Tag Archives: HLF

Dear Amie: Inspiring formerly trafficked women through postal uniforms

During the past two years our Community Learning Officer, Hannah Clipson, has been developing our audiences in the run-up to opening The Postal Museum. Through engaging new groups we have been able to interpret our collection in new and exciting ways. We have created strong and sustainable bonds with formally under-represented groups who now see us and objects as relevant and of interest. In this post, Hannah shares what she has been up to with the Amies, a group of ten women who are survivors of trafficking.

Established in July 2014, delivered in collaboration with the October Gallery and supported by the Heritage Lottery Fund, we engaged with the Amies over a 12 week period. The 10 ladies were originally brought together by PAN Arts, a London-based arts company, and The Poppy Project. This summer we built upon this project, working with the Amies and partnering with the October Gallery, The Mary Ward Centre and The Calthorpe Project. However, this time, we looked at postal uniforms throughout the ages, and used them as inspiration to make our own textile items. Through a series of images, we’ll share what we have been up to.

We started off the project looking at the various bags that have been used by postal workers over the centuries. Inspired by the telegram messenger bags, we made our own versions to practice simple sewing skills.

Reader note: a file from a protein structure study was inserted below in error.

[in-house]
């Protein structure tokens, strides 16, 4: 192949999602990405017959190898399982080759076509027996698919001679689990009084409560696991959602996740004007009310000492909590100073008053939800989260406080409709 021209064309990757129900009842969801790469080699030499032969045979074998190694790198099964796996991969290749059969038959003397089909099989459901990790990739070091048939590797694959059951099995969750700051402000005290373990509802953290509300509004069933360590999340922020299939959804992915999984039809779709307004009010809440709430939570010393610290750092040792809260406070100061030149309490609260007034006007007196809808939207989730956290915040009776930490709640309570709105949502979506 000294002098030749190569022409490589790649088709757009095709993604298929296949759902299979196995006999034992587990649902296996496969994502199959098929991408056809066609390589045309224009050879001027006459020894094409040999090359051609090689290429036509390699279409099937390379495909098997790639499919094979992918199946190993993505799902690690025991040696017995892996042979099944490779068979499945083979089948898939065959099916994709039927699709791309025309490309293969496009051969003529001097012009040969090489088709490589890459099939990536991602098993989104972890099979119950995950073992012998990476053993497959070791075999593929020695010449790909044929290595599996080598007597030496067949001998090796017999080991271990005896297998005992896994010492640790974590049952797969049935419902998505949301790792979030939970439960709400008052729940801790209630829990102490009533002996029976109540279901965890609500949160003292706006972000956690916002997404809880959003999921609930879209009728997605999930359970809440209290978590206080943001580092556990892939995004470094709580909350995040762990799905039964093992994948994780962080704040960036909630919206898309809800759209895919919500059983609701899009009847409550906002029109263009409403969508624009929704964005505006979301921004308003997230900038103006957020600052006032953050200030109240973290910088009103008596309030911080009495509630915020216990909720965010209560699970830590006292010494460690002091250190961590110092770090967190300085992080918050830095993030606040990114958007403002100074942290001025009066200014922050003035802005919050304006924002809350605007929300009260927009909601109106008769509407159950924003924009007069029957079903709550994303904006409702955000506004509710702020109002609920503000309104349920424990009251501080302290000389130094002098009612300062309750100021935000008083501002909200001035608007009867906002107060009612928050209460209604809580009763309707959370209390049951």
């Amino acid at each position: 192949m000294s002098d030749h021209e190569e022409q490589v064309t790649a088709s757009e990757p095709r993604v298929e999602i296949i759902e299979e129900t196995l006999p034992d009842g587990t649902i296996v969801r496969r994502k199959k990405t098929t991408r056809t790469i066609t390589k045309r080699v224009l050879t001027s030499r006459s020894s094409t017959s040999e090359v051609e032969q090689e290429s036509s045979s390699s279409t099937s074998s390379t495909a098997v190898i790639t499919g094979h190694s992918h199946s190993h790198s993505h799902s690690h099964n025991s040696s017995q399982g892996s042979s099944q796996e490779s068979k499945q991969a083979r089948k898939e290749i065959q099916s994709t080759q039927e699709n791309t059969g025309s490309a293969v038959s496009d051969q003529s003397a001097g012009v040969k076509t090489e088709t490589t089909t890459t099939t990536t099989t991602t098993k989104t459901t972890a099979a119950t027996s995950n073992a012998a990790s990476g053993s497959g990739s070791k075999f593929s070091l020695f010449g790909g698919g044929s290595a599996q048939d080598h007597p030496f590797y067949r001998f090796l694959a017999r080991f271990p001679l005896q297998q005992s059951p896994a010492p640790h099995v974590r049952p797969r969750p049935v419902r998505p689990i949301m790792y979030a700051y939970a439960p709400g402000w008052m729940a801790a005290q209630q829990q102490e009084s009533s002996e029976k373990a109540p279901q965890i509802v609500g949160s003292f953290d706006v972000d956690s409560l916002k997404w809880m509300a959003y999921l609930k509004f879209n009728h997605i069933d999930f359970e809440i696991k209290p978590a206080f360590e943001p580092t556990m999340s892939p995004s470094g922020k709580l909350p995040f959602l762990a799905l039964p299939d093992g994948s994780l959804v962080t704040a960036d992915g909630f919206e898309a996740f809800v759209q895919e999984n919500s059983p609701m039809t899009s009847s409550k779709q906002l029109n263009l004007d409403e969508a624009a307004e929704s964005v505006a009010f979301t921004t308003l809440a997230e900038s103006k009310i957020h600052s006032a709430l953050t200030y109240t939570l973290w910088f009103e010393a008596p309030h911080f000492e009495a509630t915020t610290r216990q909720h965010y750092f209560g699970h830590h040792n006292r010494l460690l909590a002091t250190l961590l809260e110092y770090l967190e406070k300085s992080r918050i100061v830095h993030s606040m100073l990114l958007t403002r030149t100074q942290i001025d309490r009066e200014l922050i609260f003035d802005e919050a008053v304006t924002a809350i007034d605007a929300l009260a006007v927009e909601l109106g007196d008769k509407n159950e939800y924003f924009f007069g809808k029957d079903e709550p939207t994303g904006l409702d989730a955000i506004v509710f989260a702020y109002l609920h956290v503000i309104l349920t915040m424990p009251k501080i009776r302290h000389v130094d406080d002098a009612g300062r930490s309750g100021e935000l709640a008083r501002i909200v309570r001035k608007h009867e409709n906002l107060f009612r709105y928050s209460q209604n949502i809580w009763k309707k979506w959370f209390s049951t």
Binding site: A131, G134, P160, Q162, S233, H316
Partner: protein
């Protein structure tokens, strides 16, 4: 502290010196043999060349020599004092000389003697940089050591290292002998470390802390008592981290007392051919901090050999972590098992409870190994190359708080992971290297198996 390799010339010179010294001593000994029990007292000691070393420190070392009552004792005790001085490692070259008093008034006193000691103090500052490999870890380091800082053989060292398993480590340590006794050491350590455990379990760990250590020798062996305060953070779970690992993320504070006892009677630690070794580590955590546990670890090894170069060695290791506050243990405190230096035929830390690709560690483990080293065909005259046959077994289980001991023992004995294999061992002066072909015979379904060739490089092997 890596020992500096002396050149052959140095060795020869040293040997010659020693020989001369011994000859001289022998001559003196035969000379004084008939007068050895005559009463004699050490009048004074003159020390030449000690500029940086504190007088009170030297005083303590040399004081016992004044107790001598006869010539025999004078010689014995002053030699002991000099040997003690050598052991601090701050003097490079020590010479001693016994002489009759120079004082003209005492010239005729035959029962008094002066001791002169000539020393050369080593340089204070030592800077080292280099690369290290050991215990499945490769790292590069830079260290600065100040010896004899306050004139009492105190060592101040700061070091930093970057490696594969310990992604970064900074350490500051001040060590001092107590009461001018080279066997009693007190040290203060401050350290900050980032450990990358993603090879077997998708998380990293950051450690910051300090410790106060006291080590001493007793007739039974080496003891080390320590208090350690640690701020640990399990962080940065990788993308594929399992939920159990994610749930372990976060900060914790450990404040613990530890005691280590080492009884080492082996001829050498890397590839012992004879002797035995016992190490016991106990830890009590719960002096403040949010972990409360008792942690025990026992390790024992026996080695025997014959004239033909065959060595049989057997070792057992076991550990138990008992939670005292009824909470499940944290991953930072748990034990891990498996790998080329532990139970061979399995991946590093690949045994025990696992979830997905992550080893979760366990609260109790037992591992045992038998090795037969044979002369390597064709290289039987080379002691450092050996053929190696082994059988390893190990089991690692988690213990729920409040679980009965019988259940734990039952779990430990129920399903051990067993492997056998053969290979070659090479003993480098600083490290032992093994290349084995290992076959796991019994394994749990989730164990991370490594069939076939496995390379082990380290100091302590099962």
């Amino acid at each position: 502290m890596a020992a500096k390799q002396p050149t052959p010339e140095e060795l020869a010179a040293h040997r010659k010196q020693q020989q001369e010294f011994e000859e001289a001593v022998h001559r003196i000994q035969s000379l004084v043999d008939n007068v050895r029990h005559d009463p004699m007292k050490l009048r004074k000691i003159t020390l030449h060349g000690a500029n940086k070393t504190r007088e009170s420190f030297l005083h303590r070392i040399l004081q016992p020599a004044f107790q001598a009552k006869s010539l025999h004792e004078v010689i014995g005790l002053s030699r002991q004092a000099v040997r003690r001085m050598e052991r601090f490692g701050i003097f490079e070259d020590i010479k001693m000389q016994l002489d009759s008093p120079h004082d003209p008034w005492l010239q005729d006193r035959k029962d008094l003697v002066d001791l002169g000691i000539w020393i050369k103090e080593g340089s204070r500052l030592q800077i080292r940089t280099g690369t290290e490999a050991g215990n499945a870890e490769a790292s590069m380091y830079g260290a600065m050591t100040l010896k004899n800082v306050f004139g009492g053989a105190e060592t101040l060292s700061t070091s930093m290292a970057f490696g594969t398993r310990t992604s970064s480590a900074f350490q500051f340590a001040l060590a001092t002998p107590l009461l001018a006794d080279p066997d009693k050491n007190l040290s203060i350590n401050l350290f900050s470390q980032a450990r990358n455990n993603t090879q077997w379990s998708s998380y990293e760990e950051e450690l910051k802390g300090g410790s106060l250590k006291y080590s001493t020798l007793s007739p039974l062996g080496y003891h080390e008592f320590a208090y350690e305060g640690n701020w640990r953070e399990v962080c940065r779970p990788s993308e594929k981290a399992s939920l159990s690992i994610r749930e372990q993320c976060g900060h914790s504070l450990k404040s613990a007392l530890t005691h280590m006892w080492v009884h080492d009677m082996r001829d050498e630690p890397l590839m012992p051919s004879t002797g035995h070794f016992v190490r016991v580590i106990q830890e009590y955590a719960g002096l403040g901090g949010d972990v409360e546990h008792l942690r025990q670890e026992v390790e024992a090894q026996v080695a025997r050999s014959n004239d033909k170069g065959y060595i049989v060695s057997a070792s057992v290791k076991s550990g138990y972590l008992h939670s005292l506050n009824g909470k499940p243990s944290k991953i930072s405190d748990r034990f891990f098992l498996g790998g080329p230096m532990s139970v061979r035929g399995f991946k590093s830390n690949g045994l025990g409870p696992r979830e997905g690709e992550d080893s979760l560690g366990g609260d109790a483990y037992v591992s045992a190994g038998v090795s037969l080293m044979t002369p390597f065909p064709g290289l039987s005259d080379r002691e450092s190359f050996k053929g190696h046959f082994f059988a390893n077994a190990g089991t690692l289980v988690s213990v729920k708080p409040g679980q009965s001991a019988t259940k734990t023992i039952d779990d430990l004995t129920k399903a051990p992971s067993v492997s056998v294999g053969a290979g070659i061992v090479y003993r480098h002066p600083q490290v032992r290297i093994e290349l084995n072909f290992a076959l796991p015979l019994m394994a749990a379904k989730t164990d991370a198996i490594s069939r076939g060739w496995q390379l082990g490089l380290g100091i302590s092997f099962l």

Leather pouches made by the women, inspired by the telegram messenger bags

Leather pouches made by the women, inspired by the telegram messenger bags

We developed our sewing skills at the Mary Ward Centre through making a bag with a zip using sewing machines. This got the whole group ready to tackle making a skirt, inspired by the post women’s uniform during the First World War. To make the skirt, we explored images from the collection and experimented with patterns, and had a fabric printed containing our favourite images.

Nanda cuts her stamp designed material to make her bag

One of the women cuts her stamp designed material to make her bag

Mani making her bag on the sewing machine

One of the women making her bag on the sewing machine

Asia and Paulina look at images from our collection to inspire our skirt fabric

The group look at images from our collection to inspire our skirt fabric

Mani shows us her ideas for a pattern

One of the women shows us her ideas for a pattern

Nanda works on sewing her skirt

One of the women works on sewing her skirt

One of the fabrics we had digitally printed

One of the fabrics we had digitally printed

Being able to build upon this project and working with these women has been an absolute joy. Seeing the women grow in confidence and help each other to learn new skills (both textile and life skills) whilst using our collection as a platform has been hugely worthwhile and humbling. Partnering with the October Gallery and The Mary Ward Centre has also enabled us to learn new skills from peers; invaluable as we continue to move forward developing our audiences for The Postal Museum. Next steps include planning our next project with the women at The Postal Museum and developing our first community inspired exhibition at our archive in Freeling House. Watch this space!

-Hannah Clipson, Community Learning Officer

This project is supported by the Heritage Lottery Fund.

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£4.5 million from HLF for The Postal Museum

We are delighted to announce today that the BPMA has secured £4.5m in funding towards The Postal Museum, including Mail Rail, following a successful application to the Heritage Lottery Fund.